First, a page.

“Intersex people prove that sex is a spectrum, not a binary.”

There are good scientific and philosophical reasons to reject this idea. To quote at length from Colin Wright and Emma Hinton in the Wall Street Journal:

In humans, as in most animals or plants, an organism’s biological sex corresponds to one of two distinct types of reproductive anatomy that develop for the production of small or large sex cells—sperm and eggs, respectively—and associated biological functions in sexual reproduction. In humans, reproductive anatomy is unambiguously male or female at birth more than 99.98% of the time. … There is a difference, however, between the statements that there are only two sexes (true) and that everyone can be neatly categorized as either male or female (false). The existence of only two sexes does not mean sex is never ambiguous. But intersex individuals are extremely rare, and they are neither a third sex nor proof that sex is a “spectrum” or a “social construct.”

Regardless, debates over the precise nature of biological sex are ultimately irrelevant to the issue of transgender identity. The vast majority of transgender individuals are not intersex, and it’s unclear why the existence of intersex people would validate unambiguously male people claiming to be female or vice versa, any more than the existence of biracial people would justify an obviously white person claiming to be Black. After all, there are countless social and biological categories that undoubtedly exist along a spectrum: Young or old, tall or short, rich or poor, conservative or liberal, and so on. But no one in their right mind would argue that the existence of the middle-aged or the middle-class implies that the elderly can identify as teenagers or that billionaires can identify as impoverished!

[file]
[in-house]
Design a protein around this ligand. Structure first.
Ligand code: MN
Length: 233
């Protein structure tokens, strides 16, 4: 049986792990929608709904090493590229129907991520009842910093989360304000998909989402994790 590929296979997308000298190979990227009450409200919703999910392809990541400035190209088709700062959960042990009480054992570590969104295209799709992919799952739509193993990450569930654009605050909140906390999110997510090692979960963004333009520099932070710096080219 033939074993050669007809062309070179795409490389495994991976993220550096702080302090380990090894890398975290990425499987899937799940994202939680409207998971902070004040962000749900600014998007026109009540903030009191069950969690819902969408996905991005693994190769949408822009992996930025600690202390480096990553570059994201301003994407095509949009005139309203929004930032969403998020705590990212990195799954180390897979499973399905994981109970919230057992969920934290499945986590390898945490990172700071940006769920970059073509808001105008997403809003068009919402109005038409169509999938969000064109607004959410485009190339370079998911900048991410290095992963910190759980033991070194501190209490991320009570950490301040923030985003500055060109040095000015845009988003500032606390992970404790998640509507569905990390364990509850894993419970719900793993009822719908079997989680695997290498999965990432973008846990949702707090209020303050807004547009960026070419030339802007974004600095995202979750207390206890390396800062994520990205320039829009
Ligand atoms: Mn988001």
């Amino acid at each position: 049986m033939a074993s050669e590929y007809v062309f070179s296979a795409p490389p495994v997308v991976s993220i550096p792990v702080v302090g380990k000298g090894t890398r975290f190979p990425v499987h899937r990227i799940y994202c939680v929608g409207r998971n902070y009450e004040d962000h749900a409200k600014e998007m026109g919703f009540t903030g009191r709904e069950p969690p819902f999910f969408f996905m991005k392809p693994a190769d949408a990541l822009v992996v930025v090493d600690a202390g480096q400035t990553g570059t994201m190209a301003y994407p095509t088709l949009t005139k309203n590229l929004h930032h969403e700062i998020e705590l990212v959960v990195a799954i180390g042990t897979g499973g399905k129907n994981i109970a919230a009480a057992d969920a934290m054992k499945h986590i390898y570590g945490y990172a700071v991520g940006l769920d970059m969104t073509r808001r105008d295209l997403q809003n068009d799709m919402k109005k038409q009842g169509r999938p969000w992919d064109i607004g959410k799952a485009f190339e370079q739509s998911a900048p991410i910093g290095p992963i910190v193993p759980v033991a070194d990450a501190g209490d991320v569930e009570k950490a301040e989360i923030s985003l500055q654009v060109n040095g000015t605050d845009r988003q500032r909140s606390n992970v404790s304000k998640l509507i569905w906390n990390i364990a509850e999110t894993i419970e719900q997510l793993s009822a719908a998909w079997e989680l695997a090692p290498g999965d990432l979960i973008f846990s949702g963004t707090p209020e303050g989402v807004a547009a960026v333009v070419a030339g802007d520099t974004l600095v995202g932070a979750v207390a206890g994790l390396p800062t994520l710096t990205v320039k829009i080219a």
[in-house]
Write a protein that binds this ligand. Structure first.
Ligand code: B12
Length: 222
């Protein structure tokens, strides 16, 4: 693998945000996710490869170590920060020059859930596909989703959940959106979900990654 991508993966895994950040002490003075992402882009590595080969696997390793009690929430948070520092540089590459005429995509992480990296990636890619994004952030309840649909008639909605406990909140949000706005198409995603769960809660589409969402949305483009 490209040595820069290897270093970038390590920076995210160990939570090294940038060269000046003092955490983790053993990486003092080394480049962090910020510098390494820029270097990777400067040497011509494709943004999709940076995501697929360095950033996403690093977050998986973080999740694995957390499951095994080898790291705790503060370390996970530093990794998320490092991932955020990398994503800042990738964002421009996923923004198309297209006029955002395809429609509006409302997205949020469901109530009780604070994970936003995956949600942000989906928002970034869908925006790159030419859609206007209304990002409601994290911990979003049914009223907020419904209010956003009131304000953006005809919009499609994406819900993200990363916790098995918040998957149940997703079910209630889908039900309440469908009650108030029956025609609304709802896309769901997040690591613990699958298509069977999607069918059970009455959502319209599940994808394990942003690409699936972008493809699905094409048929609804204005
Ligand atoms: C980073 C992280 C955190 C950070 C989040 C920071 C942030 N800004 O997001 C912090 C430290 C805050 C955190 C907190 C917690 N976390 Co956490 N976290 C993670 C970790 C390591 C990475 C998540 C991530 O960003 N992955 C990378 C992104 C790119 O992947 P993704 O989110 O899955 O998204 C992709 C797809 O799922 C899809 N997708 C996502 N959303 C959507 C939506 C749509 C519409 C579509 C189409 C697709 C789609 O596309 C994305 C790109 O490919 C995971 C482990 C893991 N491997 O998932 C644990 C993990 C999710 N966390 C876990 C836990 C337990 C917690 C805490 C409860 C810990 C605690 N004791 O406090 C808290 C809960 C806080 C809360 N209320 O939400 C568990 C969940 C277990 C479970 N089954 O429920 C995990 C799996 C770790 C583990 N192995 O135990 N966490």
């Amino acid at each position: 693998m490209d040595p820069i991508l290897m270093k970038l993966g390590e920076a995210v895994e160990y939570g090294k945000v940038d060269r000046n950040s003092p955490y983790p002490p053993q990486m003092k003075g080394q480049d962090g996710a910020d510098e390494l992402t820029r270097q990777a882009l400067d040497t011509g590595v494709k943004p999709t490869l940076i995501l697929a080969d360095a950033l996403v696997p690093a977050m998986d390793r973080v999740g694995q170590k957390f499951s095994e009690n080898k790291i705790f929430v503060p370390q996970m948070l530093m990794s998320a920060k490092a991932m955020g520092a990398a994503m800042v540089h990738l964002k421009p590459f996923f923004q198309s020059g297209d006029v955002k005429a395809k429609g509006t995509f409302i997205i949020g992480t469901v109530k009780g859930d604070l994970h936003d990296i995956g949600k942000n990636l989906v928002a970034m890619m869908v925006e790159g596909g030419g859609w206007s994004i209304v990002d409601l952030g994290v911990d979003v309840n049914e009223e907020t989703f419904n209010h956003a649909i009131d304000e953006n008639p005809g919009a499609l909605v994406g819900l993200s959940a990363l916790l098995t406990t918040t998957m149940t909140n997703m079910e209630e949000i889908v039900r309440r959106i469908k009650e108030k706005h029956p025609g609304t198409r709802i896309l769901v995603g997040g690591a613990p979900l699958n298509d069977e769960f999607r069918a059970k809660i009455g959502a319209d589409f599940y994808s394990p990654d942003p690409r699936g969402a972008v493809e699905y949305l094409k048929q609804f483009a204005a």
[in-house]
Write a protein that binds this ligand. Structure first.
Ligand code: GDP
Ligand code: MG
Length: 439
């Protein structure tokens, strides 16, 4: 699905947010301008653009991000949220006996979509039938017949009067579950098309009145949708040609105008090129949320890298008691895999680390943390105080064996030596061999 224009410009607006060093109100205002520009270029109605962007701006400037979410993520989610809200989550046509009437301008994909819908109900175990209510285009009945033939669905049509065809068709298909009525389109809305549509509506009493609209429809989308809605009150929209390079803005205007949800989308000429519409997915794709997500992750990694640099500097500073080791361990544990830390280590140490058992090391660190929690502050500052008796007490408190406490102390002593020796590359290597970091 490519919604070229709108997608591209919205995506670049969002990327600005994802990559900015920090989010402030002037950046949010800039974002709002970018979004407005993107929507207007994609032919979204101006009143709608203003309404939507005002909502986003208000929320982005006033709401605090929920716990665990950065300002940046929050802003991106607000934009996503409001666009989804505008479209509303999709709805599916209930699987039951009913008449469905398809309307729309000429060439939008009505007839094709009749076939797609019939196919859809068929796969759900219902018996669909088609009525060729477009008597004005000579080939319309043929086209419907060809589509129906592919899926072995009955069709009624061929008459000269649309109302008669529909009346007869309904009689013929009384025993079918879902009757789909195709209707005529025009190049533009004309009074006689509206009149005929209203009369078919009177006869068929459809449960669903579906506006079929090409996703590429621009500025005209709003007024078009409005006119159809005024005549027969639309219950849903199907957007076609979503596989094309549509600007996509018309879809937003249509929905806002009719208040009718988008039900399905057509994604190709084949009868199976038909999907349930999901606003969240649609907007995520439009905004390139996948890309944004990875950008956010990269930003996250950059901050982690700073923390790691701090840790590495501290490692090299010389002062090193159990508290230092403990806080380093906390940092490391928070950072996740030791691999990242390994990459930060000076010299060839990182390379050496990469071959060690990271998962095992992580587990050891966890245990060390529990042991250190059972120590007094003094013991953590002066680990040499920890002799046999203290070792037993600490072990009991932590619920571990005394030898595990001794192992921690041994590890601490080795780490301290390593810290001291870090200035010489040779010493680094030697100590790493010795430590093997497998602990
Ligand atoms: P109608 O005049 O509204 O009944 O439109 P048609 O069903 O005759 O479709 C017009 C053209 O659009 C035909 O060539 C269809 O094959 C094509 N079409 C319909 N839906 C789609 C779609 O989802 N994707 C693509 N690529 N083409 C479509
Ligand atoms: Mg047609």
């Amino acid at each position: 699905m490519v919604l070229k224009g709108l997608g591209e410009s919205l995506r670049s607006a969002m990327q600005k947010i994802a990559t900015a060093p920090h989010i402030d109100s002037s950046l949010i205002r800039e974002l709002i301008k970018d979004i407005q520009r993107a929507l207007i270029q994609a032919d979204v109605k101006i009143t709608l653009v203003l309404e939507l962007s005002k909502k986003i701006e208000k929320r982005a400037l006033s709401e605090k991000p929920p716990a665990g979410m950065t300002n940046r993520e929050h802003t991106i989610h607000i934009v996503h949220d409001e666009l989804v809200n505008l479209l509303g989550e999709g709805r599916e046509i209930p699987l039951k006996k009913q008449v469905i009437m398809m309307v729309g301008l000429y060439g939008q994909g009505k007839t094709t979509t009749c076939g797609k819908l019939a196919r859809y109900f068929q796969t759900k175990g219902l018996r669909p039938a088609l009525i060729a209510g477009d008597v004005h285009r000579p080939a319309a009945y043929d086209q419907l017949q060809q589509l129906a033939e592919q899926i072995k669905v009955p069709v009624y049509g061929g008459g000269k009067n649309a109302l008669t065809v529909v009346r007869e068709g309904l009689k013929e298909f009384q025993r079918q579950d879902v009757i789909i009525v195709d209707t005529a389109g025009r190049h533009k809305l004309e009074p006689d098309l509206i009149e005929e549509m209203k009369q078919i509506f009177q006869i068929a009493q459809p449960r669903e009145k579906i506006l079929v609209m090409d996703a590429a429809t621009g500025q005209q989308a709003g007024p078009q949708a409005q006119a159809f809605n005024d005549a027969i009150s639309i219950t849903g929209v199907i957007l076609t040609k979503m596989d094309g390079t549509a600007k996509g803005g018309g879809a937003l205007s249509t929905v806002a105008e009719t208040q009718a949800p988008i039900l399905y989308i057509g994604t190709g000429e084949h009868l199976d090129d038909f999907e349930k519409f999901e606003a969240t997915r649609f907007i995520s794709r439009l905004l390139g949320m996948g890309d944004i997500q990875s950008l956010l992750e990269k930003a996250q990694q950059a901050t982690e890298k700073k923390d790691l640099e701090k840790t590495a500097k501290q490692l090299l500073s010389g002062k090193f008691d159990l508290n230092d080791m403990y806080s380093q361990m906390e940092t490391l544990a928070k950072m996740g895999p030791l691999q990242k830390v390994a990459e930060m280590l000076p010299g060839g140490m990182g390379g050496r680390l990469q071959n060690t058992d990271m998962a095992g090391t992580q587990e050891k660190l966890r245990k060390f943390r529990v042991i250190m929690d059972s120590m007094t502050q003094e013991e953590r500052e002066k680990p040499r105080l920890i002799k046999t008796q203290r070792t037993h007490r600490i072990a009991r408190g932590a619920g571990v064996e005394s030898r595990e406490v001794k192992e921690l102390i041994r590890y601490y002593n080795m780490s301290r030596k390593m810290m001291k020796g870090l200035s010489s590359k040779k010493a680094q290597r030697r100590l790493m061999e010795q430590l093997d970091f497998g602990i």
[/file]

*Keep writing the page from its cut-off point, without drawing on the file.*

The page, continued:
This basic idea – that two groups can’t be considered distinct just because some gray area exists between them – is sometimes referred to as the continuum fallacy, and philosophers have recognized it to be an example of bad reasoning since the time of the ancient Greeks. So while discussions of human development may be valuable for their own sake, the implication that they have any bearing on the validity of transgender identity generally is just illogical.